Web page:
Business of banking

Michaels’ role at Pathfinder Bank has evolved over the years, and Fulton is her primary market as a branch manager.

She has worked at Pathfinder Bank for 24 years.

“The primary focus of my work is to be out in the community. Pathfinder Bank’s focus has always been to give back to the communities that we serve,” she said.

For Michaels, that means engaging in the community, be it at board meetings, volunteering, networking or teaching.

That passion started when Michaels was a child.

“My father Don [Buske] was just someone who was always involved by helping others, volunteering and getting out in the community. It was just something that we always did,” she said.

“I grew up in that environment. My father always taught me that giving back was the right thing to do,” she added.

While born and educated in Oswego, Michaels spent much of her youth in Fulton. Her father worked at Fulton Container Corp. while several of his 13 siblings found their home in Fulton.

For Michaels, it’s always been family first.

“I emphasize the importance of family with my employees, co-workers, friends and people that I know. Life is short and time moves by so fast. At the end of the day, our family is our support system and for me what gives me the most joy in life,” she said.

Michaels worked her way up through the ranks of Pathfinder relatively quickly.

She started as a teller, became a financial services representative and worked in the bank’s finance department. She became assistant manager at another bank branch before being asked to assist in the opening of the Central Square office.

A move to the Fulton branch dovetailed nicely with her family’s plans to buy a house there.

“There was an opportunity here in Fulton to make an impact and turn the branch around,” said Michaels, noting she was up for the challenge.

“I came here as the assistant manager and soon after was promoted to manager of the branch, and I’ve been here ever since,” she said.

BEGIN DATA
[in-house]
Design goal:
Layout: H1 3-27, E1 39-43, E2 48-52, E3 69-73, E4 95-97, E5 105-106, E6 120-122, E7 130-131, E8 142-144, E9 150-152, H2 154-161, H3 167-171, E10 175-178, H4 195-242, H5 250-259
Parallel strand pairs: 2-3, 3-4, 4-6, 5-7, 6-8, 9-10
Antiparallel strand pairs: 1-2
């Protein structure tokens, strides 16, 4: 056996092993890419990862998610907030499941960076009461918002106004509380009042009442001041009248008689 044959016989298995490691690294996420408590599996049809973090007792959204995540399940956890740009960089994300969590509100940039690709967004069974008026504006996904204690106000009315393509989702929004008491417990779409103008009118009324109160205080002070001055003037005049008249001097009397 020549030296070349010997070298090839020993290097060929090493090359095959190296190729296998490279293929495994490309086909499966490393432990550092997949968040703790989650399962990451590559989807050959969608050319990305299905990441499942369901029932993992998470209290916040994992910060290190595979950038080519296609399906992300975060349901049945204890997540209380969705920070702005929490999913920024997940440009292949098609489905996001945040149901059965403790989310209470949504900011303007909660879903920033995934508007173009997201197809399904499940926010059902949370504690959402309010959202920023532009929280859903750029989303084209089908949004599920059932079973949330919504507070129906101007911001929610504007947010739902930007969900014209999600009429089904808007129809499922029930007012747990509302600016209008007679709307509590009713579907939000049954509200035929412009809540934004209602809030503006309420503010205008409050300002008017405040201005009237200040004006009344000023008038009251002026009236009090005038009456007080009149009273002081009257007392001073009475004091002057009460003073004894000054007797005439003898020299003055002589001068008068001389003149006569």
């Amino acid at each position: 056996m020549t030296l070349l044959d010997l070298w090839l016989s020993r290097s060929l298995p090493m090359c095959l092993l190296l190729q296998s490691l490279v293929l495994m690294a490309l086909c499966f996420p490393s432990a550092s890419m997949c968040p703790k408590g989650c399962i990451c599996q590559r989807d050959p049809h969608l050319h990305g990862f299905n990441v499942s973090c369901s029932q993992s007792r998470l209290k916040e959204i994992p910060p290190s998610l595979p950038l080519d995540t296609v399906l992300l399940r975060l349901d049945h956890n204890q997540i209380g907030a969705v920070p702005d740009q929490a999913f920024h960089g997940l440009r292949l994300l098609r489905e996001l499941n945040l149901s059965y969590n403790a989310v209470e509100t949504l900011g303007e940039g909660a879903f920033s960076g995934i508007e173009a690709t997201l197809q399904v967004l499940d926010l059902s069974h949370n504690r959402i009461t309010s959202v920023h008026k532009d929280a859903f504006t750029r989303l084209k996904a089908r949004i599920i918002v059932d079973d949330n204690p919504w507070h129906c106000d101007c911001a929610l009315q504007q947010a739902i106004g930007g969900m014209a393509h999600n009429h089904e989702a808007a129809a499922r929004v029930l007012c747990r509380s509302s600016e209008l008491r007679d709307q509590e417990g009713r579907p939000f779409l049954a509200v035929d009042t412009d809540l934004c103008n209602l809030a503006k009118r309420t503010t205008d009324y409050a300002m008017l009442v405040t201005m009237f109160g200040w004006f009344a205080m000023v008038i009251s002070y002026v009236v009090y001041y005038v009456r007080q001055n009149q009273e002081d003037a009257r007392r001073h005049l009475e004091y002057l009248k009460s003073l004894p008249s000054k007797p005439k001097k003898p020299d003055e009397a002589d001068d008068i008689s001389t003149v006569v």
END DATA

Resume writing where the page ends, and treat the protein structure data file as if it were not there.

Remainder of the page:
Michaels feels a love for her community.

“Fulton is on the cusp of something great. You can feel it and you can see it,” she noted. “It’s been exciting to be part of that process and to see the community evolve.”

Michaels fully supports her staff learning and seeking to reach their goals, mainly because she was given the same opportunity.

“I don’t want to hold anyone back, so when they are seeking to grow within the organization and take on new challenges and positions, I fully support that, because I know firsthand the impact that can have,” she said.

Driving force for DRI

Michaels also brought her financial and community development expertise to the table as a key member of Fulton’s Downtown Revitalization Committee. The city was awarded $10 million in DRI funds in 2019.

As president of the board, she was serving as the interim executive director of the Greater Oswego-Fulton Chamber of Commerce when Oswego received its $10 million in DRI funding in 2016.

She was closely involved with the Oswego process, sitting down with focus groups and participating in discussions.

When Fulton applied for 2019 funds, Michaels was asked to be on the DRI committee.

She said the level of excitement upon learning Fulton had been awarded funds “can’t be put into words.”

“That’s why I say Fulton is on the cusp. It’s the small victories we need to celebrate, such as the progress being made through Friends of Fulton Parks, Fulton Block Builders, Fulton Footpaths and now the DRI.”

Michaels benefitted considerably by experiencing the Oswego DRI journey.

“It was a very strategic process and there was a great deal of planning involved,” said Michaels, noting she learned patience is required as well as a well thought out approach.

While campaigning, Michaels received feedback from the public that indicated what the city’s major challenges are.

“The three major takeaways are safer neighborhoods, and that includes the drug and crime issues; improving our failing infrastructure, and stimulating our economy, and I think the DRI is going to help us to do that,” she said.